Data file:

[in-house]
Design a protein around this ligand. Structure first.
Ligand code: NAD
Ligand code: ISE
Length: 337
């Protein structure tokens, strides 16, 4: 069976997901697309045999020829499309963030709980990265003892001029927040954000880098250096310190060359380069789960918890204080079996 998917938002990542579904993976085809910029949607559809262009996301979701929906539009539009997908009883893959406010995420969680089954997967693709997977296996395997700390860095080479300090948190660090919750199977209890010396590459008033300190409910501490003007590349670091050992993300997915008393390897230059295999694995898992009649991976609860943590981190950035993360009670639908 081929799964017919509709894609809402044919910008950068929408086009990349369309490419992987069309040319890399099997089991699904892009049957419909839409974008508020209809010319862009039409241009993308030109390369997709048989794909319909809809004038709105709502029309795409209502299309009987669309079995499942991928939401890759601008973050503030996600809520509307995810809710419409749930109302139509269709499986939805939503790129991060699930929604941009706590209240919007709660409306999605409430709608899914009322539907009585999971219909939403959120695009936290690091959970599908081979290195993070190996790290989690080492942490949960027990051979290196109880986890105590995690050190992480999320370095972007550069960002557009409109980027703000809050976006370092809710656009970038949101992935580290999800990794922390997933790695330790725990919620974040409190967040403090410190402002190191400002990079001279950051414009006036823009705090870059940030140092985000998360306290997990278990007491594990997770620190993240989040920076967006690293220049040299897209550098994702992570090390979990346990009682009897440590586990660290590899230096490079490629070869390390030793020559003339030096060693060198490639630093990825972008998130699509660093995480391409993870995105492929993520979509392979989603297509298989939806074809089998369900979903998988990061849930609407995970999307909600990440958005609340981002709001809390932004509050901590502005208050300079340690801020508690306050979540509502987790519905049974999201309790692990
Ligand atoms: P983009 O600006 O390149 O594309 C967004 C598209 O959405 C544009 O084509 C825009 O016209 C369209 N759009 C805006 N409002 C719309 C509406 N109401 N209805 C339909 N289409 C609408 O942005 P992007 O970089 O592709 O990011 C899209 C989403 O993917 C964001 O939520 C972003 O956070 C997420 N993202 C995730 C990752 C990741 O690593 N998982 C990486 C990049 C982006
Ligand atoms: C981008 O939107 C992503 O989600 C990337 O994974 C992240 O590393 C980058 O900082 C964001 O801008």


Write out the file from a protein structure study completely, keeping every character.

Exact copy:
[in-house]
Design a protein around this ligand. Structure first.
Ligand code: NAD
Ligand code: ISE
Length: 337
């Protein structure tokens, strides 16, 4: 069976997901697309045999020829499309963030709980990265003892001029927040954000880098250096310190060359380069789960918890204080079996 998917938002990542579904993976085809910029949607559809262009996301979701929906539009539009997908009883893959406010995420969680089954997967693709997977296996395997700390860095080479300090948190660090919750199977209890010396590459008033300190409910501490003007590349670091050992993300997915008393390897230059295999694995898992009649991976609860943590981190950035993360009670639908 081929799964017919509709894609809402044919910008950068929408086009990349369309490419992987069309040319890399099997089991699904892009049957419909839409974008508020209809010319862009039409241009993308030109390369997709048989794909319909809809004038709105709502029309795409209502299309009987669309079995499942991928939401890759601008973050503030996600809520509307995810809710419409749930109302139509269709499986939805939503790129991060699930929604941009706590209240919007709660409306999605409430709608899914009322539907009585999971219909939403959120695009936290690091959970599908081979290195993070190996790290989690080492942490949960027990051979290196109880986890105590995690050190992480999320370095972007550069960002557009409109980027703000809050976006370092809710656009970038949101992935580290999800990794922390997933790695330790725990919620974040409190967040403090410190402002190191400002990079001279950051414009006036823009705090870059940030140092985000998360306290997990278990007491594990997770620190993240989040920076967006690293220049040299897209550098994702992570090390979990346990009682009897440590586990660290590899230096490079490629070869390390030793020559003339030096060693060198490639630093990825972008998130699509660093995480391409993870995105492929993520979509392979989603297509298989939806074809089998369900979903998988990061849930609407995970999307909600990440958005609340981002709001809390932004509050901590502005208050300079340690801020508690306050979540509502987790519905049974999201309790692990
Ligand atoms: P983009 O600006 O390149 O594309 C967004 C598209 O959405 C544009 O084509 C825009 O016209 C369209 N759009 C805006 N409002 C719309 C509406 N109401 N209805 C339909 N289409 C609408 O942005 P992007 O970089 O592709 O990011 C899209 C989403 O993917 C964001 O939520 C972003 O956070 C997420 N993202 C995730 C990752 C990741 O690593 N998982 C990486 C990049 C982006
Ligand atoms: C981008 O939107 C992503 O989600 C990337 O994974 C992240 O590393 C980058 O900082 C964001 O801008």